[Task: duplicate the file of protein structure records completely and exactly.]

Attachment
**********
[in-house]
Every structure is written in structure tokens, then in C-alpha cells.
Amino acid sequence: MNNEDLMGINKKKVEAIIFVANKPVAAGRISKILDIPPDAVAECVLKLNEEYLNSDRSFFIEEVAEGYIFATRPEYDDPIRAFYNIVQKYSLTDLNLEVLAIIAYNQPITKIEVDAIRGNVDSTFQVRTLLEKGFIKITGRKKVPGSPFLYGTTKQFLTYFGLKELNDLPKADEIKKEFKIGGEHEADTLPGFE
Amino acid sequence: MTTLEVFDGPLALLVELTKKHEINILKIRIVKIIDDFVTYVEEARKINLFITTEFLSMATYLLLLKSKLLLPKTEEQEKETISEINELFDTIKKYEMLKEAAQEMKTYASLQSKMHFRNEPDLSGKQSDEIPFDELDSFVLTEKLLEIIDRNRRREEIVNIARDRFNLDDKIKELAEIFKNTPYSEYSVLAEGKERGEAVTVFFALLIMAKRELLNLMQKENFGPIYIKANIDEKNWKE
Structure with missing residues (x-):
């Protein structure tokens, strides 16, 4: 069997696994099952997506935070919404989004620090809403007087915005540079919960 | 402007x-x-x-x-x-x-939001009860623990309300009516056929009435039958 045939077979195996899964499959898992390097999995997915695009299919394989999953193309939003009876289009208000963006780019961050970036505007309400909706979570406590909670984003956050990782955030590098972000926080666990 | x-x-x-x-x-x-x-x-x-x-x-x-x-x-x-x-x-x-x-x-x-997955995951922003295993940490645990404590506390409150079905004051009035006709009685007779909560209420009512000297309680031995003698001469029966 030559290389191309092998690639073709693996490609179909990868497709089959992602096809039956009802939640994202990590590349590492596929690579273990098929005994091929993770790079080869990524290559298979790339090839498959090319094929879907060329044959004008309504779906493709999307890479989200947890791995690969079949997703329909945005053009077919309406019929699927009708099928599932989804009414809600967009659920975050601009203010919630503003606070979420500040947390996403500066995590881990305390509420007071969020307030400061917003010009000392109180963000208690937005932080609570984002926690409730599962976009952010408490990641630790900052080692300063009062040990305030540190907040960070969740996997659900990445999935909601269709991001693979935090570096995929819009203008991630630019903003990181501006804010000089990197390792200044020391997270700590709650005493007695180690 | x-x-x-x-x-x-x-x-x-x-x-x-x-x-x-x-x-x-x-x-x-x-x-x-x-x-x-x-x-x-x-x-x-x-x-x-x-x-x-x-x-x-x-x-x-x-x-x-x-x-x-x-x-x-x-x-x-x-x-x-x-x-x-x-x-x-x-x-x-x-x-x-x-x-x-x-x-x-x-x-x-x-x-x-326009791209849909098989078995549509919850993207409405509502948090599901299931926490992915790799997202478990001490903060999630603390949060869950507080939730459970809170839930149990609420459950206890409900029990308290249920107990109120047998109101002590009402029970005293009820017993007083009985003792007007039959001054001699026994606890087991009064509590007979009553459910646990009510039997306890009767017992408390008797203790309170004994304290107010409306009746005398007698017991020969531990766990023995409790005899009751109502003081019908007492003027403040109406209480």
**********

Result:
[in-house]
Every structure is written in structure tokens, then in C-alpha cells.
Amino acid sequence: MNNEDLMGINKKKVEAIIFVANKPVAAGRISKILDIPPDAVAECVLKLNEEYLNSDRSFFIEEVAEGYIFATRPEYDDPIRAFYNIVQKYSLTDLNLEVLAIIAYNQPITKIEVDAIRGNVDSTFQVRTLLEKGFIKITGRKKVPGSPFLYGTTKQFLTYFGLKELNDLPKADEIKKEFKIGGEHEADTLPGFE
Amino acid sequence: MTTLEVFDGPLALLVELTKKHEINILKIRIVKIIDDFVTYVEEARKINLFITTEFLSMATYLLLLKSKLLLPKTEEQEKETISEINELFDTIKKYEMLKEAAQEMKTYASLQSKMHFRNEPDLSGKQSDEIPFDELDSFVLTEKLLEIIDRNRRREEIVNIARDRFNLDDKIKELAEIFKNTPYSEYSVLAEGKERGEAVTVFFALLIMAKRELLNLMQKENFGPIYIKANIDEKNWKE
Structure with missing residues (x-):
């Protein structure tokens, strides 16, 4: 069997696994099952997506935070919404989004620090809403007087915005540079919960 | 402007x-x-x-x-x-x-939001009860623990309300009516056929009435039958 045939077979195996899964499959898992390097999995997915695009299919394989999953193309939003009876289009208000963006780019961050970036505007309400909706979570406590909670984003956050990782955030590098972000926080666990 | x-x-x-x-x-x-x-x-x-x-x-x-x-x-x-x-x-x-x-x-x-997955995951922003295993940490645990404590506390409150079905004051009035006709009685007779909560209420009512000297309680031995003698001469029966 030559290389191309092998690639073709693996490609179909990868497709089959992602096809039956009802939640994202990590590349590492596929690579273990098929005994091929993770790079080869990524290559298979790339090839498959090319094929879907060329044959004008309504779906493709999307890479989200947890791995690969079949997703329909945005053009077919309406019929699927009708099928599932989804009414809600967009659920975050601009203010919630503003606070979420500040947390996403500066995590881990305390509420007071969020307030400061917003010009000392109180963000208690937005932080609570984002926690409730599962976009952010408490990641630790900052080692300063009062040990305030540190907040960070969740996997659900990445999935909601269709991001693979935090570096995929819009203008991630630019903003990181501006804010000089990197390792200044020391997270700590709650005493007695180690 | x-x-x-x-x-x-x-x-x-x-x-x-x-x-x-x-x-x-x-x-x-x-x-x-x-x-x-x-x-x-x-x-x-x-x-x-x-x-x-x-x-x-x-x-x-x-x-x-x-x-x-x-x-x-x-x-x-x-x-x-x-x-x-x-x-x-x-x-x-x-x-x-x-x-x-x-x-x-x-x-x-x-x-x-326009791209849909098989078995549509919850993207409405509502948090599901299931926490992915790799997202478990001490903060999630603390949060869950507080939730459970809170839930149990609420459950206890409900029990308290249920107990109120047998109101002590009402029970005293009820017993007083009985003792007007039959001054001699026994606890087991009064509590007979009553459910646990009510039997306890009767017992408390008797203790309170004994304290107010409306009746005398007698017991020969531990766990023995409790005899009751109502003081019908007492003027403040109406209480």